All surgical procedures were performed by a single surgeon (XL). After patients were placed under general anaesthesia, a planned staged ASR was performed. First, a fornix-based superotemporal conjunctival peritomy is created in the quadrant closest to the occluded pupil. A biplanar tunnelled incision is fashioned at the corneoscleral junction. Before entering the anterior chamber, a clear corneal paracentesis is made opposite the scleral tunnel. A peripheral iridectomy (PI) is then created using tying forceps and iridectomy scissors in the main tunnelled incision. The viscoelastic is used to fill the anterior chamber and synechiolysis of the anterior synechiae is performed using the viscoelastic cannula or sinskey hook. Similarly, the viscoelastic is injected into the posterior chamber through the orifice created by PI, and separation of the adhesions between membrane and anterior lens capsule was performed using blunt dissection. Care is taken to avoid damage to the lens. To allow an alternative clear visual axis, optical iridectomy and pupilloplasty are performed using iridectomy scissors in cases where blunt separation is not successful. Haemostasis is achieved by pressurising the anterior chamber with viscoelastic if needed. The limbal incision is closed with single interrupted 10-0 nylon sutures and the conjunctiva is closed with 8-0 absorbable sutures. IOP was adjusted to physiological level with some of the viscoelastic remained in the eye. Postoperatively, combination drops of dexamethasone and tobramycin are used four times a day, tapered weekly and discontinued after 4 weeks. Atropine 1% ointment is also prescribed daily for 1 week in case of iris synechia postoperatively.
ASR was considered successful based on postoperative ACD and IOP. Success was defined as (1) ACR, which was defined as improvement in ACD (postoperative ACD/CAD≥1.5 mm) and stablisation without iris bombé until FFU, (2) IOP was ≤21 mm Hg without additional glaucoma surgery and (3) no development of severe vision-threatening complications including corneal decompensation, severe hyphema, choroidal detachment, endophthalmitis or retinal detachment. Failure was defined as ACD/CAD<1.5 mm, or IOP>21 mm Hg with maximum medications and the requirement of an additional operation to lower IOP, or the occurrence of severe complications, such as corneal decompensation, choroidal detachment, severe hyphema or endophthalmitis.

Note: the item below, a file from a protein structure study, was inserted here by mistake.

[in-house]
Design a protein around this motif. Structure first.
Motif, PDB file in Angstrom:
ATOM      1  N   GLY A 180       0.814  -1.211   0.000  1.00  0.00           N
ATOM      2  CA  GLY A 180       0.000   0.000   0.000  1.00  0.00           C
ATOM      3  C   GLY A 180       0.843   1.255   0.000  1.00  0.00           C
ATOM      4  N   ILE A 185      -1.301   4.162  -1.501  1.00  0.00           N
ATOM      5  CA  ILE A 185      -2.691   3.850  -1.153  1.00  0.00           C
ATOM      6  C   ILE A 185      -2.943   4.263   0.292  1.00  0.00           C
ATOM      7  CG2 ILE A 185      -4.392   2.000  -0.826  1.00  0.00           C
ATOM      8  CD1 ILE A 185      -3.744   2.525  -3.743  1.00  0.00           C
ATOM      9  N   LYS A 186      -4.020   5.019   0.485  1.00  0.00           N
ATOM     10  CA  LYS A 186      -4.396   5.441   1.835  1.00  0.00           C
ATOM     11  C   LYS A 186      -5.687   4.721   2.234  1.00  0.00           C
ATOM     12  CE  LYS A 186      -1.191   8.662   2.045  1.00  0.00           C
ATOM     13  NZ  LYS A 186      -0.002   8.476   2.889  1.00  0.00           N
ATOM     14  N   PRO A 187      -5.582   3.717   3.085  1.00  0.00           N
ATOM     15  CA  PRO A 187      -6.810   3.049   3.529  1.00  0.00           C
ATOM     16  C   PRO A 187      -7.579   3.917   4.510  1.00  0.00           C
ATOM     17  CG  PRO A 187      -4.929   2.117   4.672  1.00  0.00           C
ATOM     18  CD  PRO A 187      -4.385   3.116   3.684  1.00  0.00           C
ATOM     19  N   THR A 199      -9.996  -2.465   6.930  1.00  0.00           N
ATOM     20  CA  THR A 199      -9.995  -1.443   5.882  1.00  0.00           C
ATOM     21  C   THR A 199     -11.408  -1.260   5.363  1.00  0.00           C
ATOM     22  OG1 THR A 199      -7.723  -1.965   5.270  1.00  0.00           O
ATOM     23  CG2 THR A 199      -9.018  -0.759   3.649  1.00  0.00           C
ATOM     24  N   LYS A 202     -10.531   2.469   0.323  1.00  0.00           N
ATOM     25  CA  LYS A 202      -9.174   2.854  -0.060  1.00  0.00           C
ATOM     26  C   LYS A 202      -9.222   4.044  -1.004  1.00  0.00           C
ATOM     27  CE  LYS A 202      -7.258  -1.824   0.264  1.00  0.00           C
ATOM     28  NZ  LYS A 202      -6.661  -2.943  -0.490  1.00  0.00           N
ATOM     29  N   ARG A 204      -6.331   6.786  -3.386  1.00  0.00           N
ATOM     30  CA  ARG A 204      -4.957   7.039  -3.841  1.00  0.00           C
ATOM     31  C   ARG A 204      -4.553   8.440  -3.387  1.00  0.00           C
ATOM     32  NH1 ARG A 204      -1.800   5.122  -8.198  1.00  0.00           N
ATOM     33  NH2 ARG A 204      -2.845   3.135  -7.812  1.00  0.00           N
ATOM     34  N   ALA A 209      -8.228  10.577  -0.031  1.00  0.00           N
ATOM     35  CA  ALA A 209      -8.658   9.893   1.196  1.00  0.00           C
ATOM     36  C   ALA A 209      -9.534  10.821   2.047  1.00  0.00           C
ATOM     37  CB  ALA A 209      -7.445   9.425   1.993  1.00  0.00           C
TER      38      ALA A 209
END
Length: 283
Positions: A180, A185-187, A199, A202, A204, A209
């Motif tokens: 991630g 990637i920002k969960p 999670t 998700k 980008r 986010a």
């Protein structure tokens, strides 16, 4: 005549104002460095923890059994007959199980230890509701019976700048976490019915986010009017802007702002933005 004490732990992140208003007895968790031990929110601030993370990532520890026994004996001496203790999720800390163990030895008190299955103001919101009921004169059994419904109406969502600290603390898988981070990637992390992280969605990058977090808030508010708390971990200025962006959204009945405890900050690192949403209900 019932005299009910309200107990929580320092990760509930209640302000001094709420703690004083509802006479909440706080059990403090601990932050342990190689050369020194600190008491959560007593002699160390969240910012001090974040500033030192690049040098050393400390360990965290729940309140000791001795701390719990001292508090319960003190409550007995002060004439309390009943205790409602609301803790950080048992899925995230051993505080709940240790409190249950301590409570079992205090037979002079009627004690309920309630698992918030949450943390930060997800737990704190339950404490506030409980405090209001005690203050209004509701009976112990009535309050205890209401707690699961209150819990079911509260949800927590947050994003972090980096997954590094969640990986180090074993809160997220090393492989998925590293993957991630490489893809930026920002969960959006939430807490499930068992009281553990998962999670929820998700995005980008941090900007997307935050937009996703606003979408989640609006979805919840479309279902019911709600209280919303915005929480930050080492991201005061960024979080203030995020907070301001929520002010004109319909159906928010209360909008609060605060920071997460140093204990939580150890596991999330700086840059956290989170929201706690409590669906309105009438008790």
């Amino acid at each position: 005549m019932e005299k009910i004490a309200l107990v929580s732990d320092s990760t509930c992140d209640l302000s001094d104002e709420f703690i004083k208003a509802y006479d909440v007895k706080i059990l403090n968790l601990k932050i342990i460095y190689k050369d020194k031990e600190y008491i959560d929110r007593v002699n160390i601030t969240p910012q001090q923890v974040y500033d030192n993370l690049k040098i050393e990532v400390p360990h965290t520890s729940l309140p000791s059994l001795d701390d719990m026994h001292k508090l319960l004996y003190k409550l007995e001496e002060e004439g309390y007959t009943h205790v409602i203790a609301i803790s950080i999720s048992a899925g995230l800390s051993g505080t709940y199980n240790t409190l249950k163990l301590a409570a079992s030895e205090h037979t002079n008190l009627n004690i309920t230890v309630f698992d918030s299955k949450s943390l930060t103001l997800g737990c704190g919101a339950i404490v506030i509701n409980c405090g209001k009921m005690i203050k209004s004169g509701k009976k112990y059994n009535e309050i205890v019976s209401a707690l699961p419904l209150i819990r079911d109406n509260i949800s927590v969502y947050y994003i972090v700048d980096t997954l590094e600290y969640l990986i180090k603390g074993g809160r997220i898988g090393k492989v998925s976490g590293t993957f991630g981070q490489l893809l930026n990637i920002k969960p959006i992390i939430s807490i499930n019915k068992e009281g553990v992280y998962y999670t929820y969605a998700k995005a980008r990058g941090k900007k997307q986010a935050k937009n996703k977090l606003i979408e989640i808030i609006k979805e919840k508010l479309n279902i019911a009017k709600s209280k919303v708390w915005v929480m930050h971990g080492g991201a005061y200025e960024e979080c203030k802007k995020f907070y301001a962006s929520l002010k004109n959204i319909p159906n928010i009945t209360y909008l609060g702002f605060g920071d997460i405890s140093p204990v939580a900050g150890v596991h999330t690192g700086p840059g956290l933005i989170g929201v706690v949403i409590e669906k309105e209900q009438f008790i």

Statistical analysis was performed using SPSS (V.22.0). Descriptive statistics were presented as means with SD, medians with ranges or numbers and percentages as appropriate. For continuous variables, the normality of the distribution was examined using the Kolmogorov-Smirnov test. For comparison between preoperative and postoperative parameters, Student’s paired t-test or Kruskal-Wallis H test were used as appropriate. Analysis of variance, Pearson χ2 test and Fisher exact test were used for comparison across UBM-defined subtypes. Bonferroni correction was used for multiple comparisons. The cumulative survival rate was calculated using a Kaplan-Meier survival estimate. Statistical significance was set at p<0.05.
Overall, 25 eyes of 25 patients were included in the study, including 13 boys and 12 girls. Demographic and clinical characteristics are summarised in table 1. The average age at onset was 2.5±5.1 months. All cases were unilateral with 15 occurring in right eyes and 10 in left eyes. There was no known family history of pupillary abnormalities or glaucoma in any patient. Based on UBM, 11 eyes (44%) were classified as type Ⅰ, 11 eyes (44%) as type Ⅱ and 3 eyes (12%) as type Ⅲ. All patients underwent ASR as the first surgical treatment at an average age of 5.8±5.0 months. Mean FFU was 15.8±16.9 months (range 2–45 months, type Ⅰ 20.5±13.4 months, type Ⅱ 15.3±22.2 months, type Ⅲ 6.3±4.9 months; p=0.453).
Preoperative CAD was greater in types Ⅰ and Ⅱ eyes compared with type Ⅲ (p=0.002 and 0.011, respectively). Additionally, preoperatively, types Ⅱ and Ⅲ eyes had significantly higher IOP than type Ⅰ (p=0.004 and 0.038, respectively) (table 2).